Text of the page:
Crossing Borders Cover artwork: Monsters' Business by José Antonio Pantoja Hernández

     

  • Friday, May 5, 2017 (All day) to Thursday, May 25, 2017 (All day)

    Monsters’ Business: The Big Business of Immigration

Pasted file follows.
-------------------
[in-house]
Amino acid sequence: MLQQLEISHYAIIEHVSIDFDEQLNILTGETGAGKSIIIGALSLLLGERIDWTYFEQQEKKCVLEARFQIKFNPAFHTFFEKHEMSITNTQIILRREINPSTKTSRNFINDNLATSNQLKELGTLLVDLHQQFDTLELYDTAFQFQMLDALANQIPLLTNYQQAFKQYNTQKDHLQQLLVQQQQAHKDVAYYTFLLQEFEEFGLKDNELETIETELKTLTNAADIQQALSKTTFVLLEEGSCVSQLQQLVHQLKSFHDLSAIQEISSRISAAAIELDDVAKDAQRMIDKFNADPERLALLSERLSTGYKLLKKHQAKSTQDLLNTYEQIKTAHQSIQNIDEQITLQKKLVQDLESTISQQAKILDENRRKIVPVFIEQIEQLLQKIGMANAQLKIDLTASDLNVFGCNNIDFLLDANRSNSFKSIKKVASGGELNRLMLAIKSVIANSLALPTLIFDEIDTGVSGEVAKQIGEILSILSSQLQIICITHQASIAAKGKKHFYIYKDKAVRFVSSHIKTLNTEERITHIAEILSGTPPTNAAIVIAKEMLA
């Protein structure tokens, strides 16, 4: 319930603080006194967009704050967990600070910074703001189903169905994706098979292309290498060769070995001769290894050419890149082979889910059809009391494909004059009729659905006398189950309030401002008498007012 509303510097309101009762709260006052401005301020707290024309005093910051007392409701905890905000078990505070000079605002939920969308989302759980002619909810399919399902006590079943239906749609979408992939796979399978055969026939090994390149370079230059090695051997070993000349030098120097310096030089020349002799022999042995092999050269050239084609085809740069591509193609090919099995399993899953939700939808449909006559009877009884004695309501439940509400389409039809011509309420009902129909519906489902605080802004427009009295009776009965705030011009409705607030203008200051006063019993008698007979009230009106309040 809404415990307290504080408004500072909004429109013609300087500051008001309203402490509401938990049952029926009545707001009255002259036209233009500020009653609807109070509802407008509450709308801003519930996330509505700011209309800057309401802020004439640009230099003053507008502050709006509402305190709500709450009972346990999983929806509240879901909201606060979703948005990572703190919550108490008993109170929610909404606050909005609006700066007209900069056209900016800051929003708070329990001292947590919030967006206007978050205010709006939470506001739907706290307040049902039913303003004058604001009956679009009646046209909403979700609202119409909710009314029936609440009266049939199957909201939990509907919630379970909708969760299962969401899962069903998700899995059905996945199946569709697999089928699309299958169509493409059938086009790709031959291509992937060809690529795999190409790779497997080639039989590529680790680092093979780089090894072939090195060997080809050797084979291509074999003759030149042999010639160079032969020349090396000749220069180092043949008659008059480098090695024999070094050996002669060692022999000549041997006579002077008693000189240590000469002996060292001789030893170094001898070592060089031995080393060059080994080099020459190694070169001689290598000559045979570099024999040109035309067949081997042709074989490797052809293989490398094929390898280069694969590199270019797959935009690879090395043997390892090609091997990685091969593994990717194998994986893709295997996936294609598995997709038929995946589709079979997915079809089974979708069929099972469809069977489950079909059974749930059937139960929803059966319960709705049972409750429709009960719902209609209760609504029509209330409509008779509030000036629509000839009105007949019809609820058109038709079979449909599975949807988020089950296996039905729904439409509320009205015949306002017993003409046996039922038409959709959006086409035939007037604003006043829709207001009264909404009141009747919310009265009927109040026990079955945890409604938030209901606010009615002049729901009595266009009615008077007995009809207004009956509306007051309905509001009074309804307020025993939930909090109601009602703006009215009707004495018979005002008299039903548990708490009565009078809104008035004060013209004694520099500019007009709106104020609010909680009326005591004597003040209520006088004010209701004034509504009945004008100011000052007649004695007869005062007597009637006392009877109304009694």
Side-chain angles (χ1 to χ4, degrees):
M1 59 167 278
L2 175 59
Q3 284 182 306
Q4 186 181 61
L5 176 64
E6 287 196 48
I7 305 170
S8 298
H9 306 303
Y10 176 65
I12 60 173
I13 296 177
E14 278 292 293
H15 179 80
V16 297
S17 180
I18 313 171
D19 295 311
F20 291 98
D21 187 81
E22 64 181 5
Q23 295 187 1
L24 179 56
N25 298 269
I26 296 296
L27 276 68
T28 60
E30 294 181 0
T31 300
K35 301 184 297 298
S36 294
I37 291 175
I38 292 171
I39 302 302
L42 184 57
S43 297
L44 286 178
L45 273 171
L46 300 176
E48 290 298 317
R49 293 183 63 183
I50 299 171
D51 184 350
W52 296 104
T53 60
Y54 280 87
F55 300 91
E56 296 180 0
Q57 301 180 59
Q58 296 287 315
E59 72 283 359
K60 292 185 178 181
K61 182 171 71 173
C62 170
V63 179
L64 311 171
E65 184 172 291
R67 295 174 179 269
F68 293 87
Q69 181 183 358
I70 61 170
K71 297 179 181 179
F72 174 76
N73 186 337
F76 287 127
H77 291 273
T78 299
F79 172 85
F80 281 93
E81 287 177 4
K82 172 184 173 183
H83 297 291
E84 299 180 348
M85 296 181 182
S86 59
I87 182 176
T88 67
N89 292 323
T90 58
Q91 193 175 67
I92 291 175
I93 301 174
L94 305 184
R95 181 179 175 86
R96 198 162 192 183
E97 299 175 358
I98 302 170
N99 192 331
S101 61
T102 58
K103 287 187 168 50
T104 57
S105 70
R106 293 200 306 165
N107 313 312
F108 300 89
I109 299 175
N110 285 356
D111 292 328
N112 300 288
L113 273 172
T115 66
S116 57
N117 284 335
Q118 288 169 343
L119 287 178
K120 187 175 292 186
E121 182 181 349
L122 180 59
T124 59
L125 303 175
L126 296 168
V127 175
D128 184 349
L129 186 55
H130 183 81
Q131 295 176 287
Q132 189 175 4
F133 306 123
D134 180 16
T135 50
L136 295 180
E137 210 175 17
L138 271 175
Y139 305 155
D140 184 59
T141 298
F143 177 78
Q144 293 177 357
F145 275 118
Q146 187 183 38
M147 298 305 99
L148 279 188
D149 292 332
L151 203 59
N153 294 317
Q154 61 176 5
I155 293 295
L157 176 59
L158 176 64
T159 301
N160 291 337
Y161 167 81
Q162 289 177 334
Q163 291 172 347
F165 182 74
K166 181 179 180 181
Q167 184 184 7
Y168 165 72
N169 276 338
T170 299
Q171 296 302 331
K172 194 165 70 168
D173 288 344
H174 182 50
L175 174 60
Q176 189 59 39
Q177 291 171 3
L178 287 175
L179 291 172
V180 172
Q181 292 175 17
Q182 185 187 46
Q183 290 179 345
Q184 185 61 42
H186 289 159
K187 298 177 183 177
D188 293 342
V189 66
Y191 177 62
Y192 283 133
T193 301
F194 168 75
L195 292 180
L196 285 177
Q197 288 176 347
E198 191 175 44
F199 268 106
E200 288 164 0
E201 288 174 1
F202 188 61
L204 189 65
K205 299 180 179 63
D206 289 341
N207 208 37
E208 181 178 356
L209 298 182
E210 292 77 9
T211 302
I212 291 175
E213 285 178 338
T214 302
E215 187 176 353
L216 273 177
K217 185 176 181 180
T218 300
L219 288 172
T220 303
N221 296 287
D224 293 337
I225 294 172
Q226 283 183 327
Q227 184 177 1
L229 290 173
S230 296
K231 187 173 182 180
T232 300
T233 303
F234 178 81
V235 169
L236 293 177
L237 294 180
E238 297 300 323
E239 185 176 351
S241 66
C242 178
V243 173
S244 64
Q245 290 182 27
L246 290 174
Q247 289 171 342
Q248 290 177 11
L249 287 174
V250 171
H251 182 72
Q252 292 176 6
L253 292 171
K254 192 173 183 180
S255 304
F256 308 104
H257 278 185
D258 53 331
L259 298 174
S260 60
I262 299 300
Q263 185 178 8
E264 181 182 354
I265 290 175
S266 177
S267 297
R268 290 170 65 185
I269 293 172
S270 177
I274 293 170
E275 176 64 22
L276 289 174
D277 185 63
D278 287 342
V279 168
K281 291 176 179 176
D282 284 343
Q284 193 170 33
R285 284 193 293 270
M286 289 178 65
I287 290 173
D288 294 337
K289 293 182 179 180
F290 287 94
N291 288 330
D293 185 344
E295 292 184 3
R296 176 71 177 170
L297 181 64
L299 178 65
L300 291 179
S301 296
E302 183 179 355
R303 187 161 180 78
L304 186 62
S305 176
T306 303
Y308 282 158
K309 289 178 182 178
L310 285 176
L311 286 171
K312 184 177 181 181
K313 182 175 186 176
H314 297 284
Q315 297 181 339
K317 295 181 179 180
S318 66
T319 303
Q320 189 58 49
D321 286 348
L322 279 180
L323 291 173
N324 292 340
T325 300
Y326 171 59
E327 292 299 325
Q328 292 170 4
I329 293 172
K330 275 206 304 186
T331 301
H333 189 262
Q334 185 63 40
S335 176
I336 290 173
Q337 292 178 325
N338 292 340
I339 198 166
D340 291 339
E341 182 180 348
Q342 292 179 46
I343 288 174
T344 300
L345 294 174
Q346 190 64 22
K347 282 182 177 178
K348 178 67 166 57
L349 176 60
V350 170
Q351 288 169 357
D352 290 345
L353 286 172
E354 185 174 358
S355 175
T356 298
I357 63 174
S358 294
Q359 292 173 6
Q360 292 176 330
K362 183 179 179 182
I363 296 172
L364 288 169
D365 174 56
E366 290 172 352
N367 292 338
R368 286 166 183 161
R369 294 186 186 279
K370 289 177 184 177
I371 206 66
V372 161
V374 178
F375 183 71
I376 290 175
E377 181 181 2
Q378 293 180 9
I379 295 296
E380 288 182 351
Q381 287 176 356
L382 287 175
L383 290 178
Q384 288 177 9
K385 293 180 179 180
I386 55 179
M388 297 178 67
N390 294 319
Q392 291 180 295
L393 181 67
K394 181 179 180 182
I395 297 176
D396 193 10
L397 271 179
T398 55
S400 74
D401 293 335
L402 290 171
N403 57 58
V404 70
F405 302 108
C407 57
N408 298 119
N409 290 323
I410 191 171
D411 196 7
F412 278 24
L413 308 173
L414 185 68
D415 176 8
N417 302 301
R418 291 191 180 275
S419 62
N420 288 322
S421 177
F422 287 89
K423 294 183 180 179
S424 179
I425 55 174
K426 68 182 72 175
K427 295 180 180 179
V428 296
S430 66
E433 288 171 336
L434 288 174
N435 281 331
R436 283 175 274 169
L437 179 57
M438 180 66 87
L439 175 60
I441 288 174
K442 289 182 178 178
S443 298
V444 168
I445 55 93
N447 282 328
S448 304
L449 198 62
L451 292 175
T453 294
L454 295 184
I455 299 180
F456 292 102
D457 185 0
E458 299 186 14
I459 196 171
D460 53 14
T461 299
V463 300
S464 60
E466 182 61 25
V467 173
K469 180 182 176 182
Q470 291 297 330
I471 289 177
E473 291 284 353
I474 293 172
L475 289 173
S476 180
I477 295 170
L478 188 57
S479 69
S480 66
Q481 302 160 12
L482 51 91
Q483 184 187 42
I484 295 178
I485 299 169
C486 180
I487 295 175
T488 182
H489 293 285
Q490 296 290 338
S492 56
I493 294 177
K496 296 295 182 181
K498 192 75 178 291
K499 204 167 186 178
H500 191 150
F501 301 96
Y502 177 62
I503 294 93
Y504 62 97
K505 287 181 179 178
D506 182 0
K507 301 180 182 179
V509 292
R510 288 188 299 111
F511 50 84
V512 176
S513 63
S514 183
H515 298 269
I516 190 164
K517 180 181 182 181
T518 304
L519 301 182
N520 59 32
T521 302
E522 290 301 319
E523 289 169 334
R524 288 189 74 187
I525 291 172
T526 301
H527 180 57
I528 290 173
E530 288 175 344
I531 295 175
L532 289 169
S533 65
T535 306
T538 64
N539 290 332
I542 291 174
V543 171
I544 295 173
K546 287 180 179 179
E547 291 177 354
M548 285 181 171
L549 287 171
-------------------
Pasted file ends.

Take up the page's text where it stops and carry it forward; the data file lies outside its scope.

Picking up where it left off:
José Antonio Pantoja Hernández was born in Cuba in 1971. As artist who grew up in the Mayabeque Province of Cuba, in the city of Bejucal, "Pantoja" received apprenticeships as a carpenter and woodworker using antiquated tools. As his interests turned to painting and sculpting, he sought visual inspiration from a small collection of art books that showcased mainly works from Masters.By 2002, Pantoja paintings began to depicted everyday life in Cuba. As a member of a state-sponsored art collective, Pantoja was eventually able to exhibit his works on the streets of the Havana promenade, "El Paseo Del Prado.” There, he would often only display one or two paintings a week, selling them to tourists. Over time, his work became more surreal and somber. Eventually, he began to paint what he calls "the errors of the Revolution." The director of the Queretaro City Museum in Mexico learned about Pantoja's work in 2011 and sent him an invitation to display his work in the museum. Pantoja was able to parlay that invitation into a special pass to leave Cuba. He said goodbye to his friends and family and boarded a plane to Mexico with eight paintings. When he landed in Mexico City in June of 2011, he decided not to exhibit his work and instead took a bus to border town of Nuevo Laredo. There, he crossed into U.S. border and asked for political asylum. The story of his defection was chronicled in August 2011 issue of This Land press, today Pantoja lives and paints in Tulsa, Oklahoma.